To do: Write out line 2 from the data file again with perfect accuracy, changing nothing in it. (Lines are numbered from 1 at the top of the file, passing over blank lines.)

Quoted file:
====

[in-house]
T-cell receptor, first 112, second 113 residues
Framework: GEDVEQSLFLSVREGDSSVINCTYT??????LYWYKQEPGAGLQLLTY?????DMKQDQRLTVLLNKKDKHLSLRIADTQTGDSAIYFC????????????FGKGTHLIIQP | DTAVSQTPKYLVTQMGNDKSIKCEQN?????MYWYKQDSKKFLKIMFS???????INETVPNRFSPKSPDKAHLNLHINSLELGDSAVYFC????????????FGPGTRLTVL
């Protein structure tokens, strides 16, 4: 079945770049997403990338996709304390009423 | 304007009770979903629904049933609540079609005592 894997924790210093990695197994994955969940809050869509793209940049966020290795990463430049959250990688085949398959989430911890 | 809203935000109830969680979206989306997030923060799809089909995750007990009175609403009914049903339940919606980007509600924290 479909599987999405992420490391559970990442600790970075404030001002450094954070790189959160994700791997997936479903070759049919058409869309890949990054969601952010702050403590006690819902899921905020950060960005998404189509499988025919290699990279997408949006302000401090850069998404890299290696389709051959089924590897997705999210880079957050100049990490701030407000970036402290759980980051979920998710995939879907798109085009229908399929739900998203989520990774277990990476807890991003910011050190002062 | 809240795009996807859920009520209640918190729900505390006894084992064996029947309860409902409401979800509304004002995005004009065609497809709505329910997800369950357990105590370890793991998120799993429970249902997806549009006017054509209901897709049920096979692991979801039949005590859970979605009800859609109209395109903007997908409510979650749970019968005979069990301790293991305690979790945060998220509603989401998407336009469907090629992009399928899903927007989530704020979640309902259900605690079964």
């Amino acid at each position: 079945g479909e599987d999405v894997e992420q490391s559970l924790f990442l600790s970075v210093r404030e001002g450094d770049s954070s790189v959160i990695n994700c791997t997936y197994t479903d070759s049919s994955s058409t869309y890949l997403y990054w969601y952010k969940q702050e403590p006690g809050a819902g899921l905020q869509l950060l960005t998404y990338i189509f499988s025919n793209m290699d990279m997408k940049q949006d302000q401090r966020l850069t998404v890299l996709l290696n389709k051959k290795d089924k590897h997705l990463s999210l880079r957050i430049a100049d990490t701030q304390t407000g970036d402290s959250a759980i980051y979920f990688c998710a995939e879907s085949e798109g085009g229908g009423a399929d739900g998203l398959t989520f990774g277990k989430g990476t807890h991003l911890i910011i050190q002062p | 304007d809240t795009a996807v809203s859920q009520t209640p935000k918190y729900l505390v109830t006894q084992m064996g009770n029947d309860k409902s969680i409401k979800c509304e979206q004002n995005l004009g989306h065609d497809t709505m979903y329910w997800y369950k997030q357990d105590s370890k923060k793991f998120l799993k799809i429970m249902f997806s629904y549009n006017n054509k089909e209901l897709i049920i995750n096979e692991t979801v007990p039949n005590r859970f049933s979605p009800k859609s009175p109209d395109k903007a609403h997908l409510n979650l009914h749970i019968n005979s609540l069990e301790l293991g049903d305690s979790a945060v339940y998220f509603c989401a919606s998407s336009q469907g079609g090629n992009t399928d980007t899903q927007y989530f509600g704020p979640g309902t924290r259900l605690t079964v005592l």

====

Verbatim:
T-cell receptor, first 112, second 113 residues